Long Beach hits 1,000 COVID-19 deaths
City officials announced a sobering milestone that Long Beach had lost 1,000 residents to COVID-19 since the global outbreak began, the Long Beach Health Department reported.
Why it matters:
Before the pandemic, one of the deadliest events in Long Beach history was the 1933 earthquake that killed 120 people. Long Beach lost 167 residents in early January 2021 within two weeks.
COVID-19 is the leading cause of death in Long Beach, with the majority of the deaths being felt in the Latino community more than any other race or ethnicity, according to the City'sCity's COVID-19 dashboard.
The African-American community, which accounts for 12% of Long Beach's population, disproportionately accounts for 14% of COVID deaths.
By the numbers:
As of September 16, the 1,000 Long Beach residents who died since the start of the pandemic included: 84 ages 18 to 49; 213 ages 50 to 64; and 703 ages 65 and over, the City announced.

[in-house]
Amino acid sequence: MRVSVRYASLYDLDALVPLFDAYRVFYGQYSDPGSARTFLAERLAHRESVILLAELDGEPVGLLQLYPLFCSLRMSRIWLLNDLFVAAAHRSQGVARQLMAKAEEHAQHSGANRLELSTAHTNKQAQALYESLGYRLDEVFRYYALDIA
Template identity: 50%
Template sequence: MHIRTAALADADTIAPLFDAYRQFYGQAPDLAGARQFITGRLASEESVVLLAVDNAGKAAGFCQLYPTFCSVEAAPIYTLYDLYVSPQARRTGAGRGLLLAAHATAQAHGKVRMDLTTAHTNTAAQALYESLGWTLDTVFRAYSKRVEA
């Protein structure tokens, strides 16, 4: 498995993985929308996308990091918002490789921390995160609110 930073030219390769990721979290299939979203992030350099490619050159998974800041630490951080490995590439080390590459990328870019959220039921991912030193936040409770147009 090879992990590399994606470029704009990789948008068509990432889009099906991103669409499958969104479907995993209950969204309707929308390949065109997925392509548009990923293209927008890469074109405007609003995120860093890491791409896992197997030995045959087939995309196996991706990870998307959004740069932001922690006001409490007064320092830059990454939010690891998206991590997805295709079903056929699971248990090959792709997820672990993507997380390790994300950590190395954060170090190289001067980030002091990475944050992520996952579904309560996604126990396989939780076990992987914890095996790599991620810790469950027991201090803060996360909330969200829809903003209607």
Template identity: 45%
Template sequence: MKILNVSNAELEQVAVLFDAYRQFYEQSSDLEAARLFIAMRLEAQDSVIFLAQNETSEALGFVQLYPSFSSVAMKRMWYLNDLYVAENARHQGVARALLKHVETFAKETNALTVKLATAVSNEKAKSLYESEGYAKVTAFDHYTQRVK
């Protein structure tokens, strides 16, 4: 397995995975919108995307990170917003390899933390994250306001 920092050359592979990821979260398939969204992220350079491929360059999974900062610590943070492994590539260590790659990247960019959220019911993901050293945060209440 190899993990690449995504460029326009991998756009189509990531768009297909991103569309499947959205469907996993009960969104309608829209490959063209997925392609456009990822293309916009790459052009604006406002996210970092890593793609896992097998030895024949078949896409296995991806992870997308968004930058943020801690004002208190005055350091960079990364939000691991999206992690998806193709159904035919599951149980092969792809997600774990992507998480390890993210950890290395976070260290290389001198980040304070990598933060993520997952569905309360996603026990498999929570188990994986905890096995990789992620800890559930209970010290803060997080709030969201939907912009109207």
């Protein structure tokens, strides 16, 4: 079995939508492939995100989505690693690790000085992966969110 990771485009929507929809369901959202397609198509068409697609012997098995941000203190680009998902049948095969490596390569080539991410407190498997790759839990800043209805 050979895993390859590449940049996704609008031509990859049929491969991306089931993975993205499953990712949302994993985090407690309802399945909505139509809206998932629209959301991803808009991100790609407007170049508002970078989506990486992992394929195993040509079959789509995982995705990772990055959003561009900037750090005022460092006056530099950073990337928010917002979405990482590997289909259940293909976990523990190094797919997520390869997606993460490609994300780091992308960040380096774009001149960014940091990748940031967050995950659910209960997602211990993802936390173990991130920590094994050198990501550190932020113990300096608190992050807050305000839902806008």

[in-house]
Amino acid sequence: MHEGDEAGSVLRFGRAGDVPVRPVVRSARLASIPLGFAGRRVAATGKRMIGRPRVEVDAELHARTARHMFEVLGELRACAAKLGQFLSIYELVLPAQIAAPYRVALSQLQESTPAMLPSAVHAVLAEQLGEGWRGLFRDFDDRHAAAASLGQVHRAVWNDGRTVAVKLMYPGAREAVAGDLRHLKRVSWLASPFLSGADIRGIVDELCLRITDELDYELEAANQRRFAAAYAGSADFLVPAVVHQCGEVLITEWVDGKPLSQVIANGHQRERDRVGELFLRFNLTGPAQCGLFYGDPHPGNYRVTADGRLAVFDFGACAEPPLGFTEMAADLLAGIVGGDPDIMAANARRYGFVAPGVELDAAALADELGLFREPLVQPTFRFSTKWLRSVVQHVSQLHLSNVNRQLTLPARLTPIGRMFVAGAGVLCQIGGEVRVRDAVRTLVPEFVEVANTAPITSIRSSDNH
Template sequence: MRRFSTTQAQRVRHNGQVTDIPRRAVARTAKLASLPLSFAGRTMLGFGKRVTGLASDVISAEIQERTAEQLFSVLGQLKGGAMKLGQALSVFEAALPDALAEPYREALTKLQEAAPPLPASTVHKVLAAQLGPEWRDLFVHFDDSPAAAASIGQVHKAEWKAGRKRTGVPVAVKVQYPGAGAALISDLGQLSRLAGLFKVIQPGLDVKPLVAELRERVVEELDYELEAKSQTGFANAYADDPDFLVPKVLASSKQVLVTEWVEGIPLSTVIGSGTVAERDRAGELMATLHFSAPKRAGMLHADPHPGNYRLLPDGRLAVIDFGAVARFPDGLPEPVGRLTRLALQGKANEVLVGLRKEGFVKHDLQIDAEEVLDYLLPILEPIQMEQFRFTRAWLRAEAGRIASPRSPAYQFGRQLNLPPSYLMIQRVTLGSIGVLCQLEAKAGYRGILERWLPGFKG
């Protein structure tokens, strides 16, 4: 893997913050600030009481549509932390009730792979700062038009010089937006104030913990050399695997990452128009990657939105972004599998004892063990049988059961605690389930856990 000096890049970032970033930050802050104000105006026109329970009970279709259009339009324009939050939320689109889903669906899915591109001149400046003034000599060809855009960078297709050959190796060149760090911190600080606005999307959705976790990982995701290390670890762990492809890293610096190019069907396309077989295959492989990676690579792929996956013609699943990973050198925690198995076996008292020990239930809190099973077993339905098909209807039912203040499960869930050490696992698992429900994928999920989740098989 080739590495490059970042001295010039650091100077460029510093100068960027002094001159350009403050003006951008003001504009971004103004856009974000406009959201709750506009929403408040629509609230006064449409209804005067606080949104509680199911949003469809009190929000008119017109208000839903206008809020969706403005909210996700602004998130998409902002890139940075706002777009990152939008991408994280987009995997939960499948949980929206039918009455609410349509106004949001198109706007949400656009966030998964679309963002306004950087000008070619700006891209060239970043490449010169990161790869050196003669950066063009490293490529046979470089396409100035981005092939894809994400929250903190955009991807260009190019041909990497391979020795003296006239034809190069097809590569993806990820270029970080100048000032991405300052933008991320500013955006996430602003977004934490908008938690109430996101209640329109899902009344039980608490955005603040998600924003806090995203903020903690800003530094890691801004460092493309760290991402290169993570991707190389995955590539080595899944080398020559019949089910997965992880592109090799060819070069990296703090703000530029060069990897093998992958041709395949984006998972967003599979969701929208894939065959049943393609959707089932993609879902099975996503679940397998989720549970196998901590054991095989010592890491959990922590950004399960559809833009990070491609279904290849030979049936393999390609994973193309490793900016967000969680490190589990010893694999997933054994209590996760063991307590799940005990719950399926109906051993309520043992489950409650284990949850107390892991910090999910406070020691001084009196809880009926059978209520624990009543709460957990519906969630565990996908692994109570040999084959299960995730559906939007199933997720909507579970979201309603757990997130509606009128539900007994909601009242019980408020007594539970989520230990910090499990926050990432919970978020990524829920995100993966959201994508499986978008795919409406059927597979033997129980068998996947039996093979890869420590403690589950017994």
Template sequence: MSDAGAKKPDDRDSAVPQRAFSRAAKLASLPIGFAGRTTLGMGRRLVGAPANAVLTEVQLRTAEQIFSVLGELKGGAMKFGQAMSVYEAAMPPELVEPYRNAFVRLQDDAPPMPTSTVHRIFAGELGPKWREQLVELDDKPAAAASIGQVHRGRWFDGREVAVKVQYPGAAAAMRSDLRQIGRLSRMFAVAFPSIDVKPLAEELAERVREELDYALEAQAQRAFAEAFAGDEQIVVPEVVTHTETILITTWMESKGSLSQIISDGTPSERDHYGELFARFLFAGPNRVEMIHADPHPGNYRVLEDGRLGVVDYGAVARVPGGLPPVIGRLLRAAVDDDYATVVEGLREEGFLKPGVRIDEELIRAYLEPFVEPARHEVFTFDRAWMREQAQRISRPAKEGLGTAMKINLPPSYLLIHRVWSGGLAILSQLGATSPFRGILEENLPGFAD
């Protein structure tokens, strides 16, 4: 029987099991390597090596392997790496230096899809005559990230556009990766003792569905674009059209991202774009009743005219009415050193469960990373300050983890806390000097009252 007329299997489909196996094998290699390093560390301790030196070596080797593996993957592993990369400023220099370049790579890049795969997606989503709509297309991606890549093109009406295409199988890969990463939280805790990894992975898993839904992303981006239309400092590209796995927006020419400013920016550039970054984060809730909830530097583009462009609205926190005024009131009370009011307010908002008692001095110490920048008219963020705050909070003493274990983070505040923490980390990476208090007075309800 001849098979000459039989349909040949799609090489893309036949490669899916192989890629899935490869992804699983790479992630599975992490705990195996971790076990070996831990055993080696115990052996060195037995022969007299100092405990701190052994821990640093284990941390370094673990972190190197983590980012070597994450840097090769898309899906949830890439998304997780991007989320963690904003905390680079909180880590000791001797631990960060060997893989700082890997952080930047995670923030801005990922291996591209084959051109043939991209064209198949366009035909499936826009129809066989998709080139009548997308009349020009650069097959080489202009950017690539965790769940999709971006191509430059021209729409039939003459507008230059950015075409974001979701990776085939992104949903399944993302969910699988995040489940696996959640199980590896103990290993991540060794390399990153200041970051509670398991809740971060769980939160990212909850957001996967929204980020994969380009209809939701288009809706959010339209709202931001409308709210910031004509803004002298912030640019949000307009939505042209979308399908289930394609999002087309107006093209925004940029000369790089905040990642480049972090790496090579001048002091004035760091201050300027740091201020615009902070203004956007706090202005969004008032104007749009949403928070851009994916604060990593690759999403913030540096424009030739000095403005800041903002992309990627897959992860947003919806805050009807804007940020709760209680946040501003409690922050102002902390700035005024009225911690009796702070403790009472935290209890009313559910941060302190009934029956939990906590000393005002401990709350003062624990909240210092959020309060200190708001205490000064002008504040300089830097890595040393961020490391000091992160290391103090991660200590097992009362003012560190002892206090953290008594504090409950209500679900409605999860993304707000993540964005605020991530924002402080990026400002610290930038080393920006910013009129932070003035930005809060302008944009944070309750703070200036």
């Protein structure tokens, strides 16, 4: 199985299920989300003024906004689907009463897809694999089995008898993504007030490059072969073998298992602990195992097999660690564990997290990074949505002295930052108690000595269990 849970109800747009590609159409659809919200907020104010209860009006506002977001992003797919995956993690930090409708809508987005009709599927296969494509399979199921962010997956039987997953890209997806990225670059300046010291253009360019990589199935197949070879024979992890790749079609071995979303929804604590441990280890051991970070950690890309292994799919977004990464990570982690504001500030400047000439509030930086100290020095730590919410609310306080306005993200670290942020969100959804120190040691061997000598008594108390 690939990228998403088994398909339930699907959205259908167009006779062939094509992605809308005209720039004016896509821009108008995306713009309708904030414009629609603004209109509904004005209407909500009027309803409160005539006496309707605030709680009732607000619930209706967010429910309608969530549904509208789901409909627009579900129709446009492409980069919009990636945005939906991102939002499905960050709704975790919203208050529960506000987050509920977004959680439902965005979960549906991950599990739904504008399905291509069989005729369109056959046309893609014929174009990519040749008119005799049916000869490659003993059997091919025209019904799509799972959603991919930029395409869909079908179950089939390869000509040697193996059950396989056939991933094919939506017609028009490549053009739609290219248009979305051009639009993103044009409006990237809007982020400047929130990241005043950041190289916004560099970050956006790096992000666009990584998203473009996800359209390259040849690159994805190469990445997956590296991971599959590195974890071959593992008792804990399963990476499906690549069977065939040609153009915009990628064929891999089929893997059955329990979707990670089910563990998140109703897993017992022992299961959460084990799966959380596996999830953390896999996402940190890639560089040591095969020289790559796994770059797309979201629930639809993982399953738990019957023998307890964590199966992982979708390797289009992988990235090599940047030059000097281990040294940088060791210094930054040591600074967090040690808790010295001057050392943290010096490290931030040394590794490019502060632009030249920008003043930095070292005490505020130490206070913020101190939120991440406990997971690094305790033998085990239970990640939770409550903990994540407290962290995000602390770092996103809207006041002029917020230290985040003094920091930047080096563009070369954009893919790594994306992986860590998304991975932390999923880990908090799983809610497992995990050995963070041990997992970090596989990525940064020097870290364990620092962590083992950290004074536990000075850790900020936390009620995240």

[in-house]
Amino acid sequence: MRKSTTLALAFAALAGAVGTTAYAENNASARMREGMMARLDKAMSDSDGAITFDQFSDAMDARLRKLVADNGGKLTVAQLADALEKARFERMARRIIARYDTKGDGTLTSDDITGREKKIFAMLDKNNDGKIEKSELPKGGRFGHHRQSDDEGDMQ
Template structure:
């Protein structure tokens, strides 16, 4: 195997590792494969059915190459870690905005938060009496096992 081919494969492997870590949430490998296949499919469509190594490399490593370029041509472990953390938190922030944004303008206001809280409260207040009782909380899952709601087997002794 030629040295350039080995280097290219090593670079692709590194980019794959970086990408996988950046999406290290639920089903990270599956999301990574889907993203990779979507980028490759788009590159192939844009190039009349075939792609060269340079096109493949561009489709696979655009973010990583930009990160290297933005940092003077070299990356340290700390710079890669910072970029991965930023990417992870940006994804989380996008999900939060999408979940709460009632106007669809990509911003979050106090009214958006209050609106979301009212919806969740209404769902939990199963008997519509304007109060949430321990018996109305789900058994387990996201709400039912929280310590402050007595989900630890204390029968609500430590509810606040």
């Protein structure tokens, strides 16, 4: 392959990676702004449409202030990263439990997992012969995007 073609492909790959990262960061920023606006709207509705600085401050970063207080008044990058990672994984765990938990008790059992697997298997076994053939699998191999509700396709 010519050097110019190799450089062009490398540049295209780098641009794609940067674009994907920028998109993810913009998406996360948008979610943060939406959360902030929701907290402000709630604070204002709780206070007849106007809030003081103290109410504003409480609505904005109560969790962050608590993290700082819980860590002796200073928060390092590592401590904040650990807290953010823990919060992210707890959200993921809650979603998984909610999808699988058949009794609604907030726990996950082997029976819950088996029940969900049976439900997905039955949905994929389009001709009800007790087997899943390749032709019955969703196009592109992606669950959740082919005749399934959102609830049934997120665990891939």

In contrast, there have been 986 cancer deaths since March 2020, 835 deaths from coronary heart disease, 270 deaths from cerebrovascular disorders, 282 deaths from Alzheimer's disease, 208 deaths from chronic lower respiratory disease, and 201 deaths related to diabetes.
The first reported COVID death in Long Beach was on March 23 last year; by mid-January 2021, that number had risen to 500.
What they're saying:
Long Beach Mayor Robert Garcia wrote on Twitter: "Today we hit 1,000 deaths in Long Beach due to COVID19. It'sIt's the single largest loss of life event our City has ever experienced. My love and prayers go out to every family impacted by this tragedy. We will never forget them. And we will honor them by beating this pandemic."
In a press release, Long Beach Health Officer Dr. Anissa Davis said, "These tragic deaths forever change our community.Our Health Department is continuing to do everything it can to protect our community from future losses from this deadly pandemic."
Officials announced in a statement to honor those who have died from the virus. The City will light city Hall and other municipal buildings and landmarks in white from September 17 through Monday, September 20.